Back at the Galaxy Centre, waiting for the bus back to Leighton, a dysfunctional couple were loudly arguing about cigarettes, lighters and him allegedly cheating on her. The bus was over 10 minutes late and then when it did arrive on the road just before the high street it broke down, all of which meant I missed my connecting bus home. Went into the Black Lion to pass the hour until the next (and last) bus with a swift exotic foreign beer. Left the pub two minutes before the bus was due. After eight minutes waiting I asked two young men in the bus shelter, who said my bus had been and gone early. Unable to afford a taxi home I had no option but to walk the entire three miles. Made straight for the bar of the Axe and Compass on arriving there, but stuck to a couple of J2Os with my blood pressure review coming up, then slunk off home. Managed to have a brief phone chat with Katherine.

This morning I'd intended to write to Arriva Buses anyway, since yesterday the driver at Luton had refused to give me the usual discount - travelling for child fare on a matchday on production of my LTFC season ticket - on the grounds, new on me, that that discount only applied to journeys contained entirely within the Borough of Luton. I wrote enclosing my ticket and requesting a refund of the difference - then added about the late and broken down buses and asked about compensation under the Customer Charter since the delay put an hour on my journey (even before the one that came and went early is taken into consideration). That little job out of the way, it was time for Carry On Cowboy on ITV.

This afternoon was supposed to have been the Classic Retro Countdown of this week in 1980 on Atlantic Oldies, but halfway through the show the station fell dead silent. And stayed silent for half an hour, the whole of Part 3 simply left out, before Part 4 started up as normal at its appointed time. It turned out the station had been supplied with a faulty file. So I have to take a kick in the flex and knock off early on Thursday to get home for the repeat.

Radged off with the world thanks to the malfunctioning radio file, Mr Shitbag and the errant buses, I switched off the online radio and stomped down to the Axe for a slightly earlier than planned roast turkey. A couple of the regulars who'd talked to me before at least listened to my troubles, and the turkey was excellent - and they've now got Christmas pudding on the dessert menu and it was delicious.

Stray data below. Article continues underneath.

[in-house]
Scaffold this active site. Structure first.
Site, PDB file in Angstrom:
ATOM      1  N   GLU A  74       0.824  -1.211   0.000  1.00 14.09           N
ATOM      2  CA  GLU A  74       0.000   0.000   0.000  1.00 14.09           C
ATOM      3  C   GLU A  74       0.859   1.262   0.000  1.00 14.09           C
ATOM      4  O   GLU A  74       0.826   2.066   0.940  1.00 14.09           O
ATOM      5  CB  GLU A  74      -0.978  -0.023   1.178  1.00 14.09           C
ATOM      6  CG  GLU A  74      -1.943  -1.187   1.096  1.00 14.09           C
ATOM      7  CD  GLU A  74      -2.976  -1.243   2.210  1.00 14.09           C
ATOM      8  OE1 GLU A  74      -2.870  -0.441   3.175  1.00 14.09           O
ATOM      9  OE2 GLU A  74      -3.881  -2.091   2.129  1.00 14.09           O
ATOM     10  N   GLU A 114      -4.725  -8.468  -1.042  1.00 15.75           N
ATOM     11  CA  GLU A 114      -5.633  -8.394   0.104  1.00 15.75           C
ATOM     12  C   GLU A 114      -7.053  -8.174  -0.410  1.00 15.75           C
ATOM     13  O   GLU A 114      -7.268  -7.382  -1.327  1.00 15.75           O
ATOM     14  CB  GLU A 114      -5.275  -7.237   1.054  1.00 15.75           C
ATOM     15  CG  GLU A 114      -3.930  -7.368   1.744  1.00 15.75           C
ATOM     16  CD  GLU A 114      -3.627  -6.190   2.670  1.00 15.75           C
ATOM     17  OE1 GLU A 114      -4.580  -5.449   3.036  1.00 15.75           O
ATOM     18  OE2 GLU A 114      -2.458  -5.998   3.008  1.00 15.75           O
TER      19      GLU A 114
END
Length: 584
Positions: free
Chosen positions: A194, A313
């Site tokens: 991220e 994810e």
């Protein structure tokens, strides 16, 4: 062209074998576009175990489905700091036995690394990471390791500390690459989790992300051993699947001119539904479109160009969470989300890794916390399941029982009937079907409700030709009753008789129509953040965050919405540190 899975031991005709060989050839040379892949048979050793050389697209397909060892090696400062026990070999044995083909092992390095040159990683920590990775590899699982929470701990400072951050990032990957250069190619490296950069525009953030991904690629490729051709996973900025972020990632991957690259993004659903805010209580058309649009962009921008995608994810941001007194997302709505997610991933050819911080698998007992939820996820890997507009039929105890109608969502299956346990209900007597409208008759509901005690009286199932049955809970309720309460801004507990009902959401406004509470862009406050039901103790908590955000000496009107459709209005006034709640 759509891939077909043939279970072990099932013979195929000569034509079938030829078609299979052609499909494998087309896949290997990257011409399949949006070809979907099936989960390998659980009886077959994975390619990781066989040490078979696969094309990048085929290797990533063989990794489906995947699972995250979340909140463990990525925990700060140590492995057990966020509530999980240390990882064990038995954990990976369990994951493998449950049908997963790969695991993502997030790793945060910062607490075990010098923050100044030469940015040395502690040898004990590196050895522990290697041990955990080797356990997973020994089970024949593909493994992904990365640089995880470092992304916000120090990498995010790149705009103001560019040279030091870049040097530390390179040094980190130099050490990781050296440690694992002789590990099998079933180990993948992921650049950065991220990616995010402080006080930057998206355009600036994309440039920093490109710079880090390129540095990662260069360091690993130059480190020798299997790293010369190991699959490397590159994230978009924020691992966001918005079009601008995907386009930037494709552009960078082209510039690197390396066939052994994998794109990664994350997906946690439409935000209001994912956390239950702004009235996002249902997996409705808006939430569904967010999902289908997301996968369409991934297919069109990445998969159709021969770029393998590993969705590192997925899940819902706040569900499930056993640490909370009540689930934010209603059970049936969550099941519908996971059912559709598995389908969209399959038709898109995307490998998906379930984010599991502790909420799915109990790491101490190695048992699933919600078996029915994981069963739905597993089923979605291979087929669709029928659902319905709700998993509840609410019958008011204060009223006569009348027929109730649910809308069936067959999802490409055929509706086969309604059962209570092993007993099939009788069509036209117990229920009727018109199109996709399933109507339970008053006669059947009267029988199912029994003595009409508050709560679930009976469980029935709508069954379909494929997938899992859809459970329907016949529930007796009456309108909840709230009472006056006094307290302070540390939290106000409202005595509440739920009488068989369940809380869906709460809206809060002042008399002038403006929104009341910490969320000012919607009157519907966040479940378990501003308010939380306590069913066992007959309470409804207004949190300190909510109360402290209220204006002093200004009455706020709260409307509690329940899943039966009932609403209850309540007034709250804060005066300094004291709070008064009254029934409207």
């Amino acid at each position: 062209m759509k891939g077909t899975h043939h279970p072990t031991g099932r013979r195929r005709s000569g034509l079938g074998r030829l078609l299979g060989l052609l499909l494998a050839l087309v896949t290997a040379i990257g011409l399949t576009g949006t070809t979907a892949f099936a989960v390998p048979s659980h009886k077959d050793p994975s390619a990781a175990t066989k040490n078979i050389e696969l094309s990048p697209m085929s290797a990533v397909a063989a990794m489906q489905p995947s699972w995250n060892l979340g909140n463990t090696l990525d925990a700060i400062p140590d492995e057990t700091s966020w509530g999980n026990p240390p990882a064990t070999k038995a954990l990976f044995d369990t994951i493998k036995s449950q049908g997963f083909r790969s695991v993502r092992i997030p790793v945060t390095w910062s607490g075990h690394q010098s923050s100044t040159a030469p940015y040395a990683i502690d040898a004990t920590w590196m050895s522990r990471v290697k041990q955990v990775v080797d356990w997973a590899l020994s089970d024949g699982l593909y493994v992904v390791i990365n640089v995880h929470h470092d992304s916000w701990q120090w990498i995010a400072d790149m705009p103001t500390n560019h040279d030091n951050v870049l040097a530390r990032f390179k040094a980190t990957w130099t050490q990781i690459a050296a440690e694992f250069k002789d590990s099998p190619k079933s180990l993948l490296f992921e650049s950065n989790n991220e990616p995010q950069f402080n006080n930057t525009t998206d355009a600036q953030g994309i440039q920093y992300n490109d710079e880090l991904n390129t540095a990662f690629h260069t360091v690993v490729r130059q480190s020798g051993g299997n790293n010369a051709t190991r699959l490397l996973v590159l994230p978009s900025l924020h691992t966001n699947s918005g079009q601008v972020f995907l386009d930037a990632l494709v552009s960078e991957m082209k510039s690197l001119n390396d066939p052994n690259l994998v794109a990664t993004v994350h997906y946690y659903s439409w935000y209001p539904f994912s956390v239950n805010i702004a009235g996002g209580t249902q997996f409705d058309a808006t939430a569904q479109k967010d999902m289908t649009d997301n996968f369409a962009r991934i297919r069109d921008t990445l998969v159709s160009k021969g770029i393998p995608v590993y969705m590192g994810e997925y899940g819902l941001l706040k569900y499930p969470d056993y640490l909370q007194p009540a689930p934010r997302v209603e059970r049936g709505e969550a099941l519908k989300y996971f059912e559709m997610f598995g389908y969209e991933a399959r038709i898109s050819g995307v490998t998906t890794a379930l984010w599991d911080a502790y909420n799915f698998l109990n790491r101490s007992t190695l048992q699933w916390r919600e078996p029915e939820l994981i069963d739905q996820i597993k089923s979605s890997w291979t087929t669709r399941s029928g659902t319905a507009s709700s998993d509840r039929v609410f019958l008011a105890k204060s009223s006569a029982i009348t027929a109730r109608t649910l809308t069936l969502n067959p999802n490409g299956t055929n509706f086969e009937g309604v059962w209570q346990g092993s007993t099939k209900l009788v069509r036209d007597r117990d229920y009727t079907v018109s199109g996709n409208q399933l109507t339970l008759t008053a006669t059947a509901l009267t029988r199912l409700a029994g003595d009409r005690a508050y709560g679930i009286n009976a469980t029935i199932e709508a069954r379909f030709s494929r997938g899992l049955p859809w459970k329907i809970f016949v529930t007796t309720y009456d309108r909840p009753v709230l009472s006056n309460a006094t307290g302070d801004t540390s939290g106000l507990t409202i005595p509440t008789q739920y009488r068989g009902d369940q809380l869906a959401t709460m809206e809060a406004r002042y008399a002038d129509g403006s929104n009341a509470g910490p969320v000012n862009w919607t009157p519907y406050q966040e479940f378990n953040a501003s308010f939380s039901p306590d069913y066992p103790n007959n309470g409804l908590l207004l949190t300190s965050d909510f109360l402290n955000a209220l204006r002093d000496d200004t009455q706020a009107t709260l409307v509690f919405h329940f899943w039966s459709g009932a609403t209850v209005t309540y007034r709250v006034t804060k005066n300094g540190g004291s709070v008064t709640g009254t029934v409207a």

Back home to the ironing. What fun. Thank goodness for a great chart from this week in 1978 on Mixcloud to get it done to.
malmo58: (Default)
Sunday was the Gosport Borough v Colchester game. The ground was transformed for the occasion, with temporary stands behind both goals; in one of them a vocal group of fans, decked out in yellow and blue from head to toe, sang songs, rang bells and waved placards. They had a giant teddy bear standing at the end of the front row, with a T-shirt on bearing a list of the results from last year's FA Trophy run followed by 'The dream continues - Gosport v Colchester 9.11.14 FA Cup 1st round'. There was also a huge inflatable tent behind one of the temporary stands, acting as an extra tea bar.

Getting hold of a prog was fun and games - there were none by either turnstile, nor in the club shop - but I finally found a vendor walking round the ground with them. I was just in time; they sold out minutes later and the club shop lady took down people's contact info for a reprint run. Just had time for a Pompey Royal (from Oakleaf, Gosport's own brewery) in the clubhouse. While I was in the queue Bradford (sods...bastards...) City took the lead against Halifax.

Alas, the game was finished as a contest within half an hour as Colchester ran in three goals. To do Gosport credit they never gave up, and pulled one back late in the first half. Alas, I missed Gosport's first through being in the blow-up tea tent, having gone there early to beat the rush. Colchester scored again just before the break; although Justin Bennett scored a well taken goal for Boro in the second half, late on Colchester added numbers five and six, though Boro still managed an injury-time consolation.